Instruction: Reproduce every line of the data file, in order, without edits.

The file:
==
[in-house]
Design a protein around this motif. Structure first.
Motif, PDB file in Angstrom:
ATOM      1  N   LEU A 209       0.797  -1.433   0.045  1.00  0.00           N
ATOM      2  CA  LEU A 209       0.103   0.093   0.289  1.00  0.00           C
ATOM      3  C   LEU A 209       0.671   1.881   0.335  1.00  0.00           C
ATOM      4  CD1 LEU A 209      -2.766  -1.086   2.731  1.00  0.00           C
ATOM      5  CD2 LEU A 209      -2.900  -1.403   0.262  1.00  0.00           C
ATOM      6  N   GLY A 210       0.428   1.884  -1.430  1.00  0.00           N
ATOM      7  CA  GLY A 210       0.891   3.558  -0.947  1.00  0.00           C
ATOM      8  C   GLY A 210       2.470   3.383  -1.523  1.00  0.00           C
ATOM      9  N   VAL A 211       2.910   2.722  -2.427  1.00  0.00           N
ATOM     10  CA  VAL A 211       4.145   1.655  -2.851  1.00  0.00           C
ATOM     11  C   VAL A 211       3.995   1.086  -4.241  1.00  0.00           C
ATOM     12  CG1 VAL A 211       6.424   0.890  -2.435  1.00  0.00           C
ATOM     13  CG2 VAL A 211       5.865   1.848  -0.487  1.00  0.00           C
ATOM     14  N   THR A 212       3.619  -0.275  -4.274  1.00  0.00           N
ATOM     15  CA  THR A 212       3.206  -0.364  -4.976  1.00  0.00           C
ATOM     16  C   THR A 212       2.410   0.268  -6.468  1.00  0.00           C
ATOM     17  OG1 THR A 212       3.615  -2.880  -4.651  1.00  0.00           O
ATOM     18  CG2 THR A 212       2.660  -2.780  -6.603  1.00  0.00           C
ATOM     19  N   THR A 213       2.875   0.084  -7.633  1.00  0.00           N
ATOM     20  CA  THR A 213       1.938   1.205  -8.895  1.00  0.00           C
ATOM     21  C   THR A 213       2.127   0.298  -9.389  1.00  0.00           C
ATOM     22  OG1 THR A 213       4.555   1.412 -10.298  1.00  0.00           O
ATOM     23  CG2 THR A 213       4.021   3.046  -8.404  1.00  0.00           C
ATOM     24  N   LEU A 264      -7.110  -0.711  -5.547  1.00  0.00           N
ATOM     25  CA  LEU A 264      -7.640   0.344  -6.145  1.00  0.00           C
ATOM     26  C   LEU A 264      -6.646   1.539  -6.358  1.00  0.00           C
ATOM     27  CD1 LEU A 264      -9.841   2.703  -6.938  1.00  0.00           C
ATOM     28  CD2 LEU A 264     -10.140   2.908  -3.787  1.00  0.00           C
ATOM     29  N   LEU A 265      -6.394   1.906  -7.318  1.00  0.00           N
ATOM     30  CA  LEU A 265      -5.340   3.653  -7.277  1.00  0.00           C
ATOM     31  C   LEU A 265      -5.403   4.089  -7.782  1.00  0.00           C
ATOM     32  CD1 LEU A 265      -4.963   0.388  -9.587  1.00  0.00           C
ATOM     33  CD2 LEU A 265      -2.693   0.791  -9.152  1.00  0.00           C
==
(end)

[in-house]
Design a protein around this motif. Structure first.
Motif, PDB file in Angstrom:
ATOM      1  N   LEU A 209       0.797  -1.433   0.045  1.00  0.00           N
ATOM      2  CA  LEU A 209       0.103   0.093   0.289  1.00  0.00           C
ATOM      3  C   LEU A 209       0.671   1.881   0.335  1.00  0.00           C
ATOM      4  CD1 LEU A 209      -2.766  -1.086   2.731  1.00  0.00           C
ATOM      5  CD2 LEU A 209      -2.900  -1.403   0.262  1.00  0.00           C
ATOM      6  N   GLY A 210       0.428   1.884  -1.430  1.00  0.00           N
ATOM      7  CA  GLY A 210       0.891   3.558  -0.947  1.00  0.00           C
ATOM      8  C   GLY A 210       2.470   3.383  -1.523  1.00  0.00           C
ATOM      9  N   VAL A 211       2.910   2.722  -2.427  1.00  0.00           N
ATOM     10  CA  VAL A 211       4.145   1.655  -2.851  1.00  0.00           C
ATOM     11  C   VAL A 211       3.995   1.086  -4.241  1.00  0.00           C
ATOM     12  CG1 VAL A 211       6.424   0.890  -2.435  1.00  0.00           C
ATOM     13  CG2 VAL A 211       5.865   1.848  -0.487  1.00  0.00           C
ATOM     14  N   THR A 212       3.619  -0.275  -4.274  1.00  0.00           N
ATOM     15  CA  THR A 212       3.206  -0.364  -4.976  1.00  0.00           C
ATOM     16  C   THR A 212       2.410   0.268  -6.468  1.00  0.00           C
ATOM     17  OG1 THR A 212       3.615  -2.880  -4.651  1.00  0.00           O
ATOM     18  CG2 THR A 212       2.660  -2.780  -6.603  1.00  0.00           C
ATOM     19  N   THR A 213       2.875   0.084  -7.633  1.00  0.00           N
ATOM     20  CA  THR A 213       1.938   1.205  -8.895  1.00  0.00           C
ATOM     21  C   THR A 213       2.127   0.298  -9.389  1.00  0.00           C
ATOM     22  OG1 THR A 213       4.555   1.412 -10.298  1.00  0.00           O
ATOM     23  CG2 THR A 213       4.021   3.046  -8.404  1.00  0.00           C
ATOM     24  N   LEU A 264      -7.110  -0.711  -5.547  1.00  0.00           N
ATOM     25  CA  LEU A 264      -7.640   0.344  -6.145  1.00  0.00           C
ATOM     26  C   LEU A 264      -6.646   1.539  -6.358  1.00  0.00           C
ATOM     27  CD1 LEU A 264      -9.841   2.703  -6.938  1.00  0.00           C
ATOM     28  CD2 LEU A 264     -10.140   2.908  -3.787  1.00  0.00           C
ATOM     29  N   LEU A 265      -6.394   1.906  -7.318  1.00  0.00           N
ATOM     30  CA  LEU A 265      -5.340   3.653  -7.277  1.00  0.00           C
ATOM     31  C   LEU A 265      -5.403   4.089  -7.782  1.00  0.00           C
ATOM     32  CD1 LEU A 265      -4.963   0.388  -9.587  1.00  0.00           C
ATOM     33  CD2 LEU A 265      -2.693   0.791  -9.152  1.00  0.00           C